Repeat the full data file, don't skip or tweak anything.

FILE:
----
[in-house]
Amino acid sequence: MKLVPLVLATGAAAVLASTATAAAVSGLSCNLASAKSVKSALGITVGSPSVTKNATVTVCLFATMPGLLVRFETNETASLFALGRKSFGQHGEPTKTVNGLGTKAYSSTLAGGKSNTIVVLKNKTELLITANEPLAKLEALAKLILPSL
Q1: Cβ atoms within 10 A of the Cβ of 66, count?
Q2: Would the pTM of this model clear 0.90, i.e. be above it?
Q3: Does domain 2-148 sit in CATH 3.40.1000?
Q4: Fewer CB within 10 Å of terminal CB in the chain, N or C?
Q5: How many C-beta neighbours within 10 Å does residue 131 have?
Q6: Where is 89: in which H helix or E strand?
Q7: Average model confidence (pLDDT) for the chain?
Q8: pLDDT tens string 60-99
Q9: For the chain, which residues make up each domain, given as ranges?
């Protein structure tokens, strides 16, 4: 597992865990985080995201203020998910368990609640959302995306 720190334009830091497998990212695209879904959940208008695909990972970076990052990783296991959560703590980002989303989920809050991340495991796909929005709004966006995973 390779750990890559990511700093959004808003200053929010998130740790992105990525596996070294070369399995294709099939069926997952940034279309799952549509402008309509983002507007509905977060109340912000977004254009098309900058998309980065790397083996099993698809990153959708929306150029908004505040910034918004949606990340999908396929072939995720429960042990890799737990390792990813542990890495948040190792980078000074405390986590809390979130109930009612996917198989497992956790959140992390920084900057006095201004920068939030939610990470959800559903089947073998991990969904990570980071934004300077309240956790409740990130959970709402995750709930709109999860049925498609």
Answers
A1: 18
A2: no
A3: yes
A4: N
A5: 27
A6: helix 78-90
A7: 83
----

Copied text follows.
[in-house]
Amino acid sequence: MKLVPLVLATGAAAVLASTATAAAVSGLSCNLASAKSVKSALGITVGSPSVTKNATVTVCLFATMPGLLVRFETNETASLFALGRKSFGQHGEPTKTVNGLGTKAYSSTLAGGKSNTIVVLKNKTELLITANEPLAKLEALAKLILPSL
Q1: Cβ atoms within 10 A of the Cβ of 66, count?
Q2: Would the pTM of this model clear 0.90, i.e. be above it?
Q3: Does domain 2-148 sit in CATH 3.40.1000?
Q4: Fewer CB within 10 Å of terminal CB in the chain, N or C?
Q5: How many C-beta neighbours within 10 Å does residue 131 have?
Q6: Where is 89: in which H helix or E strand?
Q7: Average model confidence (pLDDT) for the chain?
Q8: pLDDT tens string 60-99
Q9: For the chain, which residues make up each domain, given as ranges?
């Protein structure tokens, strides 16, 4: 597992865990985080995201203020998910368990609640959302995306 720190334009830091497998990212695209879904959940208008695909990972970076990052990783296991959560703590980002989303989920809050991340495991796909929005709004966006995973 390779750990890559990511700093959004808003200053929010998130740790992105990525596996070294070369399995294709099939069926997952940034279309799952549509402008309509983002507007509905977060109340912000977004254009098309900058998309980065790397083996099993698809990153959708929306150029908004505040910034918004949606990340999908396929072939995720429960042990890799737990390792990813542990890495948040190792980078000074405390986590809390979130109930009612996917198989497992956790959140992390920084900057006095201004920068939030939610990470959800559903089947073998991990969904990570980071934004300077309240956790409740990130959970709402995750709930709109999860049925498609």
Answers
A1: 18
A2: no
A3: yes
A4: N
A5: 27
A6: helix 78-90
A7: 83